So Ben and I went to lunch, and we also grabbed Aaron our VP of marketing (who by the way joined us from Podshow a few months back). We talked about product as-is, things we need to improve, etc. I was itching to spark a bigger discussion though. In my car driving back from lunch, I said "Ok guys, take all your predispositions, thoughts, inclinations and throw them out the window right now. Think game-changing. Don't stop at any hurdles. Then we got back to my office, hat shots of patron and got going. There was some scratch on my whiteboard to prove that session.
(Most of it won't make sense, but then again I wouldn't want it to make sense). What is it? I can't say because I'm under our own press embargo;). The first step in our next theme will show its face tomorrow. I hope you and millions of others like it.
-turn alarm off so it doesn't bug wife
-fall back asleep
-be woken by the daughter who wants a ride to school
-get ready in record time
-take her to school
-race to OAK to fly to Bob Hope
-set alarm off in security line
-get over it (be nice TSA)
-get called "honey" by the cashier in the airport food stand
-get stuck behind someone trying to walk that should have opted for the wheel chair
-watch someone leave men's room w/out washing hand
-find a mag..fastcompany with facebook guy on cover
-no nuts, thanks, but I'll take a water, no ice
-fly, read mag, then prepare keynote presentation
-"turn off all portable electronics"
-go back to reading
-land safely (w/out overshooting the runway)
-do email from the Q while on the tarmack
-get out, find a ride to Prospect Studios
-get back to email while cab driver finds his teeth that fell on the floor (drive safely please)
-talk to engineering - make sure the demo of the new stuff works
-talk to them again
-no...one more time to be sure
-eat salad from the commissary, see all kinds of Disney/ABC folk
-get ready to meet Amanda
-try that again
-demo the goods
-are the demo gods with me?
-yeah that's the ticket
-amanda is as nice as she seems
-get back to cab
-do more email
-go thru another security line
-get on tmobile wifi while waiting
-phone rings, back to back calls
-back to tmobile....company credit card isn't working...wtf?
-call GE Capital
-"We're sorry, it was to make sure it wasn't fraudulent"
-me: "Hello, um, I do this all the time..."
-get back to mail
-finance needs approvals and reviews
-marketing needs to execute deals
-finance asking questions
-planning another marathon day trip for next week
-looking forward to Prince this weekend
-too bad the Warriors are out
-isn't it crazy that Melinda got kicked off?
-board plane..somebody's wearing some bad lotion or something
-no nuts, just water, no ice
-get back on mac, prep board reports
-we are descending back into OAK.. me:"we are coming real close to that water! Where's the runway?"
-made it again, thank you God.
-listen to XM (wishing the Prius had better audio system)
-return phone calls and emails...err I'm driving - I'm keeping my eye on the road
-go back to kid's school for open house
-small talk with other parents
-check out the latest and greatest
-get 30 letters from kids who I presented to at career day
-everyone is spun up to be an entrepreneur
-these kids are all Jangl users now;)
-get home, 830PM
-head back out for take out
-read son some odes from the Be Happy book he bought at Jamba Juice
-fall asleep in his bed
-wake up when his frog starts ribbetting
-get ready for bed
-oh, crap. i never finished my board stuff
-wish I could catch up on Lost
-get back to work
-ok, I'm spent
-wait a minute! I read the news today, oh boy.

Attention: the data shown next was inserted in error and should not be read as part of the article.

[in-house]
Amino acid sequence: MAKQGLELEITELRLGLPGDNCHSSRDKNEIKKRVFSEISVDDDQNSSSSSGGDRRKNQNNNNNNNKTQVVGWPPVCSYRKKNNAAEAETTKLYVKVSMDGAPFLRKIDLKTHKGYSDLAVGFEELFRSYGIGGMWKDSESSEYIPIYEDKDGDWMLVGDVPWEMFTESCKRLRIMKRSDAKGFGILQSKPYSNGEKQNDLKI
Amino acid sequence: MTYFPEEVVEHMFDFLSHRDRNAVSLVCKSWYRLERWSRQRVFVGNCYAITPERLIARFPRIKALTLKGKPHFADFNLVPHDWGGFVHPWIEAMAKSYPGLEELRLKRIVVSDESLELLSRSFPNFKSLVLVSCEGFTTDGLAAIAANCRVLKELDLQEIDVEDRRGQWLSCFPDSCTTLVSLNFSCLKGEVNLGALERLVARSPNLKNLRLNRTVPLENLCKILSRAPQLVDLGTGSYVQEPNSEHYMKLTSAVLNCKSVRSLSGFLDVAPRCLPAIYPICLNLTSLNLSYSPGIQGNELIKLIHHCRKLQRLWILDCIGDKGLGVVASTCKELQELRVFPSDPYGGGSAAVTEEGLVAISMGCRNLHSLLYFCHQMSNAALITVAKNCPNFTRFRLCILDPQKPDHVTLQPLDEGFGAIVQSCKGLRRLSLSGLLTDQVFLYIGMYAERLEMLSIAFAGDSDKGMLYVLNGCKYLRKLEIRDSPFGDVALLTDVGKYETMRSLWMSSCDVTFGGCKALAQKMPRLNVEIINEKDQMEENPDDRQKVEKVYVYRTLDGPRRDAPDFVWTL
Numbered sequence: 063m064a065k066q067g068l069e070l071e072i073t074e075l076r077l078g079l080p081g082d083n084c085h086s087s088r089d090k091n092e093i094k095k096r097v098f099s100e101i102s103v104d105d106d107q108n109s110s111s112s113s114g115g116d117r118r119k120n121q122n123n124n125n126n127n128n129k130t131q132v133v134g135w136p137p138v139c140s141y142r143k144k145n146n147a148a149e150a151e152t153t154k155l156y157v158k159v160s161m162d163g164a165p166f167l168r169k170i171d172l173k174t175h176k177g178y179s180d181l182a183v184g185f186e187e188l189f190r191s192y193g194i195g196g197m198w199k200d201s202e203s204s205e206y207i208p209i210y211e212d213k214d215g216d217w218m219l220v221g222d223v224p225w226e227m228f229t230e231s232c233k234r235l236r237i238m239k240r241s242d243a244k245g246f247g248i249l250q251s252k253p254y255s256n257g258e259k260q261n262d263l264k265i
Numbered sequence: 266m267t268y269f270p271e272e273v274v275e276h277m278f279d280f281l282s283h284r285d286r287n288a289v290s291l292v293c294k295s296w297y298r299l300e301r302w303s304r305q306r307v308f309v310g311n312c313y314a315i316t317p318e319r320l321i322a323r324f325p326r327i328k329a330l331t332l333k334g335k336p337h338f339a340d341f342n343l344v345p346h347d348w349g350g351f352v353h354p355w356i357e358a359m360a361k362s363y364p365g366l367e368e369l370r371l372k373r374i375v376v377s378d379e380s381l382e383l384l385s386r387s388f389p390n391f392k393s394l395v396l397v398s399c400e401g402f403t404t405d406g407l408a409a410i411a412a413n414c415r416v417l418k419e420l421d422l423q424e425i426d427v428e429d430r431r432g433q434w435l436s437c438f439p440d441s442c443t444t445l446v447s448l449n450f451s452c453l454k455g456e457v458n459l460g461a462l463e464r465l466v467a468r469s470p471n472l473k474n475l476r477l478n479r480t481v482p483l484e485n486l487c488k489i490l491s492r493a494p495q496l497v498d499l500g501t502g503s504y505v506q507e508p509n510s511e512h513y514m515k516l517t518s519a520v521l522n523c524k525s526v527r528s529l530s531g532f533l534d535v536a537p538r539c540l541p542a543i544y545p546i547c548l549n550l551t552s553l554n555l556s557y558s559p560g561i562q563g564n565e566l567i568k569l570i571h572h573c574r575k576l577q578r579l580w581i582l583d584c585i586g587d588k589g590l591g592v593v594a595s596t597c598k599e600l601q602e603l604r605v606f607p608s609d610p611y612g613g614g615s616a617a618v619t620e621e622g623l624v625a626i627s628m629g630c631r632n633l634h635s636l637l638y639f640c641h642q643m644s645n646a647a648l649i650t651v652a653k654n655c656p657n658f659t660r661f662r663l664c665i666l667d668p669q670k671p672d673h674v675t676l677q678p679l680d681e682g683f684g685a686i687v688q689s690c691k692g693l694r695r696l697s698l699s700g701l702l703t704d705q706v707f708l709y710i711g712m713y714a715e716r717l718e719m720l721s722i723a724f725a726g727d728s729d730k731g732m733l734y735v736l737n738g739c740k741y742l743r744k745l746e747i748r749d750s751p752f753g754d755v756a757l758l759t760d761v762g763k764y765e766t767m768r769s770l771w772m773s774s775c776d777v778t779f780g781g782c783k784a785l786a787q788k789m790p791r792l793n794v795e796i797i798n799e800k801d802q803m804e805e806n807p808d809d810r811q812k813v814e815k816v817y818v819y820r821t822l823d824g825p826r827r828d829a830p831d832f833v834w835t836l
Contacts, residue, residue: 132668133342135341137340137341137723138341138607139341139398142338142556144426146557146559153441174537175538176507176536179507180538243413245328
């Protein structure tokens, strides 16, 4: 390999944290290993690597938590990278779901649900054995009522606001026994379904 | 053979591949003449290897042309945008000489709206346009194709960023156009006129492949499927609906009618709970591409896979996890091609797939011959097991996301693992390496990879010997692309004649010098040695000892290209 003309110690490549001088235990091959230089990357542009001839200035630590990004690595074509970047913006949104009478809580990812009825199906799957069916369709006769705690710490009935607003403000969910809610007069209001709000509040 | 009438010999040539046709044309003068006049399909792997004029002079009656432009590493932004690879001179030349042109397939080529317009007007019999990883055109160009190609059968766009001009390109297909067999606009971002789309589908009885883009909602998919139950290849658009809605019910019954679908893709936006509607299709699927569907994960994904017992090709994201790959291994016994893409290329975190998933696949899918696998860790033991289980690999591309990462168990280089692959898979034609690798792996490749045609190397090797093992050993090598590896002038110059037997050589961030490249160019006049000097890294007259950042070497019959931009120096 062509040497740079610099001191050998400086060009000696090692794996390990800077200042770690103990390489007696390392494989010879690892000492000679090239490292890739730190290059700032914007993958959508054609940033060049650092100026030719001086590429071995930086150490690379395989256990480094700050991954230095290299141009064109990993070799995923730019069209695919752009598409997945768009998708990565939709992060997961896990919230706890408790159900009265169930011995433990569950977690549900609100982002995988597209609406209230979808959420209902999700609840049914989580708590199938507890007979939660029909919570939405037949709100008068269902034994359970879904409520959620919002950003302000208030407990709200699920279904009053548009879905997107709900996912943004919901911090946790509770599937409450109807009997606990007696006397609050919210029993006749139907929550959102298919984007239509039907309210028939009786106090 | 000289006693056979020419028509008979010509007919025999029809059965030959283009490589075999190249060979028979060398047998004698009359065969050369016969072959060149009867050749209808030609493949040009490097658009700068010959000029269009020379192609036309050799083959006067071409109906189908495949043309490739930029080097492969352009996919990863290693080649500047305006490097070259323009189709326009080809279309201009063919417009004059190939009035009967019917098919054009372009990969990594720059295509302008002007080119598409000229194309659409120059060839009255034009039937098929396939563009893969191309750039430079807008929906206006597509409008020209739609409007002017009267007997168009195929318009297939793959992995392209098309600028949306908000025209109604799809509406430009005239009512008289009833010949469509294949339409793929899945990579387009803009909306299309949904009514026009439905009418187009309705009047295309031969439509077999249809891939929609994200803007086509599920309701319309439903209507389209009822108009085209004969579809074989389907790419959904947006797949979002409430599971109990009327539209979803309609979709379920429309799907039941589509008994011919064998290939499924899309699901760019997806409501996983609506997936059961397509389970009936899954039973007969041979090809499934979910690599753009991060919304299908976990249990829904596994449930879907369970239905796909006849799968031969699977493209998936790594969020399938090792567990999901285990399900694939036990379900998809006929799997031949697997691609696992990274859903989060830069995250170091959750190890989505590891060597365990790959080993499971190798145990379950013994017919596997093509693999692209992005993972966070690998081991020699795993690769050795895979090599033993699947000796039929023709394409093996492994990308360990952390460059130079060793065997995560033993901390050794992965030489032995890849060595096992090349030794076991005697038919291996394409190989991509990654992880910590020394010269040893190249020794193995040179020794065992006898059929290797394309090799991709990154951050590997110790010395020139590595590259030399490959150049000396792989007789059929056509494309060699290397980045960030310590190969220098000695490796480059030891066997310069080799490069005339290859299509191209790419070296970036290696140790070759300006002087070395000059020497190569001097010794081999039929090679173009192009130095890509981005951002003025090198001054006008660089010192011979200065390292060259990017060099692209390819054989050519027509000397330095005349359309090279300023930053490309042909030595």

A story hit over at BBC today, about a guy who bought a home site unseen. He goes to the place, walks in, only to find a dead body, mummified! Turns out it's the body of a woman who owned the home before it foreclosed. I suppose the foreclosure was due to her expiration. Bizarre that no one knew... This one, for the record falls under the "Variety Hour" category;)
I get more than a handful of email and voicemail from offshore dev shops. I never used to be one of those guys that doesn't respond, but in this case I must be. 1. I don't have time to respond and 2. I don't want what they're selling.
This month we terminated a relationship with an offshore shop in India. They were great people and a great firm. At the end of the day though, I don't want to learn how to master the art of offshoring; I'd rather master the art of mapping great services to millions of people. We have a great internal engineering team, so we've determined it best to add more to that org rather than outsource offshore.
When you go offshore, there's a lot of overhead to consider:
-The time difference
-The serial approach to working (vs. real-time collaboration)
-Requirements must be water tight
-You have to have resources to manage the resources
-You have to black box things or tightly integrate things (a little of this and that doesn't cut it)
We started out getting resources offshore in the beginning, because we had raised so little money, that we didn't want to hire in. We knew we could get bodies quickly and control our costs. Over time we raised more money and became more aggressive on our product roadmap, so that's when we should have hired in more employees and weaned from the offshore model. We were at a point where product requirements were changing based on user inputs and so forth, so there became a moving target, which makes it impossible to succeed offshore. Offshore works best when there is a long lead time on development, whereby there is more definition and certainty. This works best when you're building a HW and SW system for example. In a consumer services startup however, you often don't know enough to have long lead times. In fact it can kill you if you bake too many plans in too far down the schedule. Besides, there's no substitute for having a crew of people slugging it out in the trenches together. Our people are proving it this week, as we crunch toward a new release.
So for startup folks reading who are building consumer services, take this lesson now, regardless of how flexible these companies say they are in working with you. If you must go with contractors, use local people onsite. The pace, quality and ability to navigate uncertainty are all better managed locally.